In the News
John Snow: 'Taxmaggedon' Is a Real Threat
Next year's scheduled increases on dividends and capital gains will retard investment and derail the recovery.
Nine years ago this month Congress passed President George W. Bush's Jobs and Growth Tax Relief Reconciliation Act. That bill's lower rates on capital, as well as the continuity in tax policy it established, have helped make our economy far more resilient.
The legislation's centerpiece was a reduction in the taxation of dividends and capital gains to 15%. Unfortunately, the 2003 tax rates, including those on capital income, are due to expire at the end of the year.
Capital warrants special tax treatment because of the central role it plays in generating economic growth and jobs. Capital is the very lifeblood of the market economy, the mainstay of innovation, and the foundation for future prosperity. As more of it is put to work today, labor output and wages will rise tomorrow. An appreciation of that critical relationship should guide how the tax system treats earnings from capital.
The double taxation of dividends—with corporate earnings first taxed 35% at the corporate level and then, when paid out to shareholders, taxed again—has been a long-standing and well-recognized distortion in the tax code. It favors debt financing over equity capital formation, because interest is deducted as a cost of doing business and lowers taxable income, while dividends are taxed twice.
The preference for debt financing and leverage shortchanges shareholders and is not healthy for corporate decision-making. Double taxation penalizes dividend payments and discourages managements from making them.
Congress did not eliminate the double taxation of dividends in 2003, but it substantially ameliorated the distortion. Dividends are now taxed at 15%, rather than the typically higher income-tax rates paid by shareholders. Importantly, the 15% tax rate was applied to capital gains as well. Capital gains previously had been taxed at 20% with special rates for assets held five years or longer. This symmetry between dividends and capital gains harmonized and simplified the regime for the taxation of capital and still stands today as a key achievement in modern tax policy.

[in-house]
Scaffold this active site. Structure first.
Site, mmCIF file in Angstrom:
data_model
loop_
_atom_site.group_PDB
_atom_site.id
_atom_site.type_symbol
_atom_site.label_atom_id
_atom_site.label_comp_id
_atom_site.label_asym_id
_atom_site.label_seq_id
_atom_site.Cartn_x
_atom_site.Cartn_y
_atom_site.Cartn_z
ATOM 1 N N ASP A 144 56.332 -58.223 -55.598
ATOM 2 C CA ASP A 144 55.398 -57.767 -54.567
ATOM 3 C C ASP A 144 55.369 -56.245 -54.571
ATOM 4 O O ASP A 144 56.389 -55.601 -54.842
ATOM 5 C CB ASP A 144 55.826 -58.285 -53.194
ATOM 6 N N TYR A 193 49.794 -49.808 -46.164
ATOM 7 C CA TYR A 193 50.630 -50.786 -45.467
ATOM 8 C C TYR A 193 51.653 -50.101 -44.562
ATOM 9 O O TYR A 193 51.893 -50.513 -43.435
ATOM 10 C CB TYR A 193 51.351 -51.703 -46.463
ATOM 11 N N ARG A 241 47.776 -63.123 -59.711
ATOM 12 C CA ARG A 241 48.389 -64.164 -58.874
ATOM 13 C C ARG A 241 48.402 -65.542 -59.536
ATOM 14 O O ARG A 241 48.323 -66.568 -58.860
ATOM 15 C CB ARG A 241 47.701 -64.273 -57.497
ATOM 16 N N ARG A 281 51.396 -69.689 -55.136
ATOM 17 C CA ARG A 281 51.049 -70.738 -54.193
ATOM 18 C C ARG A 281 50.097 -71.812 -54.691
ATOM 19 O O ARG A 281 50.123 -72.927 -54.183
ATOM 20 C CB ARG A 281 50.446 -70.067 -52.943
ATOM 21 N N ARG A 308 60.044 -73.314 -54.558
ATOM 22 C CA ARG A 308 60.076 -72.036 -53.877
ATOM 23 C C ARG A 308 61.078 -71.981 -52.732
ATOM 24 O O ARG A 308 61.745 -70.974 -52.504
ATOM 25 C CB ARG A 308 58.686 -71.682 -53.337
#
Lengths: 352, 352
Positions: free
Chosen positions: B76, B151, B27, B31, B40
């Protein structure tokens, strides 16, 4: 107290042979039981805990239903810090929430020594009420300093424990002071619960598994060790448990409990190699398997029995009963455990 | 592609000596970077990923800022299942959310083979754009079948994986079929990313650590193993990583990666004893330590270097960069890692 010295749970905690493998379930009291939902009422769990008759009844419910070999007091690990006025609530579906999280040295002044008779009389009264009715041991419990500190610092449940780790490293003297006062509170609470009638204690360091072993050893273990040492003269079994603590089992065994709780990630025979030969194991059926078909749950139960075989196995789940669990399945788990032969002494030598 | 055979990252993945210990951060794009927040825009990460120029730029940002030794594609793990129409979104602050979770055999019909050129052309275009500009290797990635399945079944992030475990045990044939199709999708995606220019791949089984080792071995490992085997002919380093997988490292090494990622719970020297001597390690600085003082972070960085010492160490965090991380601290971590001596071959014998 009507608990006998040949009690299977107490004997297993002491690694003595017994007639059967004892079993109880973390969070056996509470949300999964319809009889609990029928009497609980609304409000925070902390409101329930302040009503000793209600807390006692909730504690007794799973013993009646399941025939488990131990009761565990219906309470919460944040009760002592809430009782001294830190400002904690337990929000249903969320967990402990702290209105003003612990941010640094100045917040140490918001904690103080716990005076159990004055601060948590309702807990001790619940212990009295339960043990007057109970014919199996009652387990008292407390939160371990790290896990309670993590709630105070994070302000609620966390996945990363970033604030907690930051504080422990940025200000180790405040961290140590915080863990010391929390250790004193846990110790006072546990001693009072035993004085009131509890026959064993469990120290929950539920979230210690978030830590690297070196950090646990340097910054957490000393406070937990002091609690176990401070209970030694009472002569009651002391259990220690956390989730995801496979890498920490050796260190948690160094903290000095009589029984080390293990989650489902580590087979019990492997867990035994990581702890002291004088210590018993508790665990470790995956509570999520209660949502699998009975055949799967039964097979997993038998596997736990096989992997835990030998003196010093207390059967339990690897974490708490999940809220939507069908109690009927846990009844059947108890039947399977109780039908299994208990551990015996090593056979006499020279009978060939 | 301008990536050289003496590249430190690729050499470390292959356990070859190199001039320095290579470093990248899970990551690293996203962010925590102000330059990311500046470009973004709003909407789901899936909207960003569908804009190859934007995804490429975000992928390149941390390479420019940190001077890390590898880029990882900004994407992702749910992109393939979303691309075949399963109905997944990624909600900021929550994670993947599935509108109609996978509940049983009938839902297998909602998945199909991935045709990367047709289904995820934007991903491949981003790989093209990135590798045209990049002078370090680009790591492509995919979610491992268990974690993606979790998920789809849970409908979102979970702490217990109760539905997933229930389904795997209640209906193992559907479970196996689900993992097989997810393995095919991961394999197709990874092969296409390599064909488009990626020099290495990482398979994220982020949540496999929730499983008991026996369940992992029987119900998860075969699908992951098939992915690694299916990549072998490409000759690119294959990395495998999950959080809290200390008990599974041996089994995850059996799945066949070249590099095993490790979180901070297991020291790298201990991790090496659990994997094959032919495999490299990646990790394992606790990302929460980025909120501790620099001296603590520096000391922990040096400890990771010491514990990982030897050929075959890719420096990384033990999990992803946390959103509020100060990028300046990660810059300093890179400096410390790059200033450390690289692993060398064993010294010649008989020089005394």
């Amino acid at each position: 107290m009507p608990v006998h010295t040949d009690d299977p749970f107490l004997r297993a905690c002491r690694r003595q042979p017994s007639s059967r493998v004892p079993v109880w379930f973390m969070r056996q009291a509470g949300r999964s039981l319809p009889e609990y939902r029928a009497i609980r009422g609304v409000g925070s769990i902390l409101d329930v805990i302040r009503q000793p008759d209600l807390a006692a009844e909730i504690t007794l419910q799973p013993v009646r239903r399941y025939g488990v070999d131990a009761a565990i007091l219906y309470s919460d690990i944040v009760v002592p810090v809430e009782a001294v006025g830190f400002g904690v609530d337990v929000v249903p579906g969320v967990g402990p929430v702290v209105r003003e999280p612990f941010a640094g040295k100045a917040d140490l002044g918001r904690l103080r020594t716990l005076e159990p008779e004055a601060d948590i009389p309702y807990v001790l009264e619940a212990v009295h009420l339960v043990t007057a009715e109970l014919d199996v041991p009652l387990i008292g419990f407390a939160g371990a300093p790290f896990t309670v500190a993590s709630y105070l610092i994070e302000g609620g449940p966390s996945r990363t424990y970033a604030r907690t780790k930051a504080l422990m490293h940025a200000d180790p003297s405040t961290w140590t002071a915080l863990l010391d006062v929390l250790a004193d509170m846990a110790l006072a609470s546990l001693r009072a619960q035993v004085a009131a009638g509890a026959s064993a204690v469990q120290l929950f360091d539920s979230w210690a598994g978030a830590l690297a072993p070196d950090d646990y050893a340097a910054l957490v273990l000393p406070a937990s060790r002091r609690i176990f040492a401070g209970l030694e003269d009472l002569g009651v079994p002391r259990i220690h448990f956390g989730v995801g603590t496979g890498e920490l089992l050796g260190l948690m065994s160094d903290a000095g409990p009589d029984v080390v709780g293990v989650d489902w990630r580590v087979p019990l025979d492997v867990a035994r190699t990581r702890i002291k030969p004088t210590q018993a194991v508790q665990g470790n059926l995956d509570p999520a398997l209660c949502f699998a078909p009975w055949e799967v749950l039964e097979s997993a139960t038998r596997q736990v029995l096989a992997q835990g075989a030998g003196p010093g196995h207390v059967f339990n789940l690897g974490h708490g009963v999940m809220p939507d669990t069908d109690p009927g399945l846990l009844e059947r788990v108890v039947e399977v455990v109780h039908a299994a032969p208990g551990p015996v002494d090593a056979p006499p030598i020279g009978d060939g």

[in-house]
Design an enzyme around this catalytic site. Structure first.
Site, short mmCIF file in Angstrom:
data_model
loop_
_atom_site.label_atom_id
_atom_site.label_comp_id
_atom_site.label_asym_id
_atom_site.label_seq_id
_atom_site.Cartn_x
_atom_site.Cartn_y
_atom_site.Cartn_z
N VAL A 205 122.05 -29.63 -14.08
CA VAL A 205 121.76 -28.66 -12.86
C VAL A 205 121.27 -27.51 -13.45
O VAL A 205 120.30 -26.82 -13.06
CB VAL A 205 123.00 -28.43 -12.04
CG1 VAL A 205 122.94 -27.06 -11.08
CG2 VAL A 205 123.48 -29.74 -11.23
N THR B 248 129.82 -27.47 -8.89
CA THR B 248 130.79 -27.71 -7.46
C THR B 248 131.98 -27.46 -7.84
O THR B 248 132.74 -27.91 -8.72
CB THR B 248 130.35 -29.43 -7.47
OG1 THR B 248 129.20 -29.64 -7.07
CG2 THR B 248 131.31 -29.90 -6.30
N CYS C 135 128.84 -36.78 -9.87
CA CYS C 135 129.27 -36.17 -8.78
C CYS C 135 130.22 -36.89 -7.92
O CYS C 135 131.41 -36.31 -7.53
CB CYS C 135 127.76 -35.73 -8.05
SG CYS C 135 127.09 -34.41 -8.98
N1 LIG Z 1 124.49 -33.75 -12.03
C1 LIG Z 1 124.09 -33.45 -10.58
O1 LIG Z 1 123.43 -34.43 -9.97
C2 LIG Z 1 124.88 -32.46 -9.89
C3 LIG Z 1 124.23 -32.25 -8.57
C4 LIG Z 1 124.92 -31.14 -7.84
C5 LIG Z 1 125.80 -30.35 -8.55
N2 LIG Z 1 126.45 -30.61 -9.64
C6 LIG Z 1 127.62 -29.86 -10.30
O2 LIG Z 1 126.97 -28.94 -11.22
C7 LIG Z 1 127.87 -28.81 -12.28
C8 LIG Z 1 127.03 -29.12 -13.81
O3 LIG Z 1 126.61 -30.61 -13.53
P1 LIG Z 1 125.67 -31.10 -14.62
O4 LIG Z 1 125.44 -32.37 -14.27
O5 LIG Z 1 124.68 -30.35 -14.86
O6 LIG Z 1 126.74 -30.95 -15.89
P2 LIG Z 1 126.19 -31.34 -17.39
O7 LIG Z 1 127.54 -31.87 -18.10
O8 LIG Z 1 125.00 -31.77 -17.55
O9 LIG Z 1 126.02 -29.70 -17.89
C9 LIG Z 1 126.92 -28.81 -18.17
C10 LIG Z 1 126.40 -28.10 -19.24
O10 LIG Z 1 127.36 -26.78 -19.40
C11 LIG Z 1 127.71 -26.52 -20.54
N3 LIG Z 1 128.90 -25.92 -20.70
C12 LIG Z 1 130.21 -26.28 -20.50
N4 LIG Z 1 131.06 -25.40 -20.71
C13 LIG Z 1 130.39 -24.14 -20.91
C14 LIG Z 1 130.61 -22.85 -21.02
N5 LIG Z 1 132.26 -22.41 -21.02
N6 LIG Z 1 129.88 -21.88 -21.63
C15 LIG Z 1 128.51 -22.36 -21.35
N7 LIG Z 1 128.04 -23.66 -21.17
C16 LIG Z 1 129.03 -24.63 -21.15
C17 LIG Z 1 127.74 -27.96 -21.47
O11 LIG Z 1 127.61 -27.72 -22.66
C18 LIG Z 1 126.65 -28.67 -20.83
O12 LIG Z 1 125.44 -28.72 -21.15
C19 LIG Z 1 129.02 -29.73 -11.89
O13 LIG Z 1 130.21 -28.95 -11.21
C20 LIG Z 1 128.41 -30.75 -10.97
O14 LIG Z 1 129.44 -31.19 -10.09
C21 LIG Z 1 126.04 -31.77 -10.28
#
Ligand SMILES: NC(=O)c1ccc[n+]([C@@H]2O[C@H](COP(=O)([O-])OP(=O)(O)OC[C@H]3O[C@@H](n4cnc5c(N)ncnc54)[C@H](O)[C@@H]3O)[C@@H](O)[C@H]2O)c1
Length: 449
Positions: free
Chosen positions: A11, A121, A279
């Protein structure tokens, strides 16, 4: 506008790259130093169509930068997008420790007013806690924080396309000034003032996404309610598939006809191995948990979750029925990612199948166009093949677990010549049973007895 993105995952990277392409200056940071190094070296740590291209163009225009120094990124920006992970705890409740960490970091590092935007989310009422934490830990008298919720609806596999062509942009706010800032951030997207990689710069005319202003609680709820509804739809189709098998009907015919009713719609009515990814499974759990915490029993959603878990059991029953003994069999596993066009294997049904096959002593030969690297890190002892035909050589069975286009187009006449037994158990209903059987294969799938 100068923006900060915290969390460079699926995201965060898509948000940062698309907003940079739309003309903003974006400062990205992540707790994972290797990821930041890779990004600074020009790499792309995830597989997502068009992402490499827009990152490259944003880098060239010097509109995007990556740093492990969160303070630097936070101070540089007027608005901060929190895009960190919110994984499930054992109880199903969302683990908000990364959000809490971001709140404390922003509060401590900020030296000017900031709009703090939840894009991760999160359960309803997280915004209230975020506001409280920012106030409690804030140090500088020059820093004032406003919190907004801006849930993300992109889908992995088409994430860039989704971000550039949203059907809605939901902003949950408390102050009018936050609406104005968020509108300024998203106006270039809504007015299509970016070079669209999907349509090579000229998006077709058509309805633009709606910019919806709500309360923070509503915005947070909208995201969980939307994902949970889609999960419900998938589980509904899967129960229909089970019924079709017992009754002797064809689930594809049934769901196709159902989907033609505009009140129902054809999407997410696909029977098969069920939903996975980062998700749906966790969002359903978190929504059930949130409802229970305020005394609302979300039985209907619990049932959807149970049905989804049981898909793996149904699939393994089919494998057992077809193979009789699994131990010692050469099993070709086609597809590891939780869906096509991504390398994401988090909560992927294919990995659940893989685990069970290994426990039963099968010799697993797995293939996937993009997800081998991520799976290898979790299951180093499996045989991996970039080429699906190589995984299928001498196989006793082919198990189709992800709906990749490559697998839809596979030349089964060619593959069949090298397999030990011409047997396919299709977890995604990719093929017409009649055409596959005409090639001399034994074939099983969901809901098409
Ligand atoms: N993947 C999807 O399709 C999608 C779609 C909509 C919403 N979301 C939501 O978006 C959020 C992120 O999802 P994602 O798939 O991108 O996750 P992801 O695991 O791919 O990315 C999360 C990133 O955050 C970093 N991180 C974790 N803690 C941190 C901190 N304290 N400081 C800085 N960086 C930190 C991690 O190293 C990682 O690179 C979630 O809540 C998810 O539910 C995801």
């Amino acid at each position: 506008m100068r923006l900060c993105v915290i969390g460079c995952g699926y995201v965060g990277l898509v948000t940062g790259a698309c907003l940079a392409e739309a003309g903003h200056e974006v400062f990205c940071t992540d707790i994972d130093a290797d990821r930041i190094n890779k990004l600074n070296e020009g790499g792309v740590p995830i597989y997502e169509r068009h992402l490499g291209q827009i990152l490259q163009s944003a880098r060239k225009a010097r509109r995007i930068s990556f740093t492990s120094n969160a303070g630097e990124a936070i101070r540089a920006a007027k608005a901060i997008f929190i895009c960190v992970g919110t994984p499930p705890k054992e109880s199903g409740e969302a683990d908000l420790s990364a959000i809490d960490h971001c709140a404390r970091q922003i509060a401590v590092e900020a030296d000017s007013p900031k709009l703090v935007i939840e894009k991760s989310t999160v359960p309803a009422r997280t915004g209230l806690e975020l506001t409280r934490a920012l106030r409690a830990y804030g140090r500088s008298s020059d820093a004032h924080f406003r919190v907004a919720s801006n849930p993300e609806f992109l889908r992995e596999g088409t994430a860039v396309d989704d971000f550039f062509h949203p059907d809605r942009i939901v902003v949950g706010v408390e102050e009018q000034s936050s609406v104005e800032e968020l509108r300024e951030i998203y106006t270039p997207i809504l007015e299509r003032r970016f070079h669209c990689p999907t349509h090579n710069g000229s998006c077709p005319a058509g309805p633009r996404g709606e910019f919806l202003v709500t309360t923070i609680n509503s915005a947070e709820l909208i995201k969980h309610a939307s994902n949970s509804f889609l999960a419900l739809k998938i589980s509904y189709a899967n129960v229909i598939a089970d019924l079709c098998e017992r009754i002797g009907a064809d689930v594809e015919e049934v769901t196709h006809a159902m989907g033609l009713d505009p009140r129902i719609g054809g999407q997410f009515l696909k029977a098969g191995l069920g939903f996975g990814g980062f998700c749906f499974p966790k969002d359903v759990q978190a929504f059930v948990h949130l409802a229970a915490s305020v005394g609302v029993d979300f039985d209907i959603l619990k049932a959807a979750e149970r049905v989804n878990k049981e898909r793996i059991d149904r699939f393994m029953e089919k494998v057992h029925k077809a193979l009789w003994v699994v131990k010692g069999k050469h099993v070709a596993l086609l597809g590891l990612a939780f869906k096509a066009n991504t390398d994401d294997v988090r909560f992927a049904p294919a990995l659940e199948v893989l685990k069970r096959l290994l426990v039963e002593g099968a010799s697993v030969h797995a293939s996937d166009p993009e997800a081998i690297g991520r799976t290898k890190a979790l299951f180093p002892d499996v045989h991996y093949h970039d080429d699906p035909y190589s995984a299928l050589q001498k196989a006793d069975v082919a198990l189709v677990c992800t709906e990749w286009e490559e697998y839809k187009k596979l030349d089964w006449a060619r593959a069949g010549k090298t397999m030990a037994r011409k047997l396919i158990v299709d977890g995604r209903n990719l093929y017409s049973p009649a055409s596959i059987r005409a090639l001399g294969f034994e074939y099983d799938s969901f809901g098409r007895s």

Corporations responded to the lower rates on dividends by paying out more of their profits, which raises the returns to those holding stock and thus increases equity prices. Both trends strengthen Americans' retirement savings. As recent actions by Google, Apple and scores of other companies attest, corporations today find it more difficult to sit on cash instead of rewarding shareholders with dividend payouts.
With the expiration of the 2003 tax law at the end of this year, taxes—not only on capital earnings but also on ordinary incomes—will return to the much higher levels that previously existed.
This would be devastating to the fragile economic recovery, and to every American still looking for work. Combined with the expiration of temporary payroll tax relief, the United States faces what has now been labeled "taxmageddon"—a fiscal headwind so strong that it threatens a swift return to recession.
What seems to be lacking is a clear path to the future. Here are some suggestions for policy makers.
First, remember the principle that you always get less of anything you tax. For this reason, society discourages undesirable activities by imposing so-called "sin" taxes. By the same token, high marginal tax rates discourage work, risk-taking and capital formation.
Second, tax rates should be held as low as possible, consistent with maintaining fiscal balance. Low tax rates are not in conflict with fiscal sanity if the rate of government spending as a fraction of gross domestic product is reduced, or if the tax base is broadened with more fundamental tax reforms. It is encouraging to see so much interest gathering in support of changes to the tax code that would scrap many special tax breaks in favor of deeply lower marginal tax rates.
Third, marginal tax rates should be as neutral as possible across different types of economic activities. Otherwise the tax code distorts behavior in ways that sap economic strength, as market participants rely less on market price signals and more on government commands to decide how economic resources are used. Social engineering through the tax code comes at a very high cost.
Finally, policy makers should remember to "do no harm." A reversion to the kind of drastically higher marginal tax rates that existed in the past would be bad enough. It would only add insult to injury to use the economic crisis as an excuse to raise the tax burden on capital formation and thus reduce the lifeblood of America's job creators.
Unfortunately, we face that real prospect, as prominent proposals by the administration would triple the top dividend tax rate to nearly 45%, while doubling the top rate on capital gains to 30%. If one intended to cripple job creation, depress stock prices, and lower the value of retirement savings for working Americans, these proposals would be just what we should choose.
As taxmageddon looms, let's hope we choose wisely.
Mr. Snow was secretary of the Treasury from 2003-2006.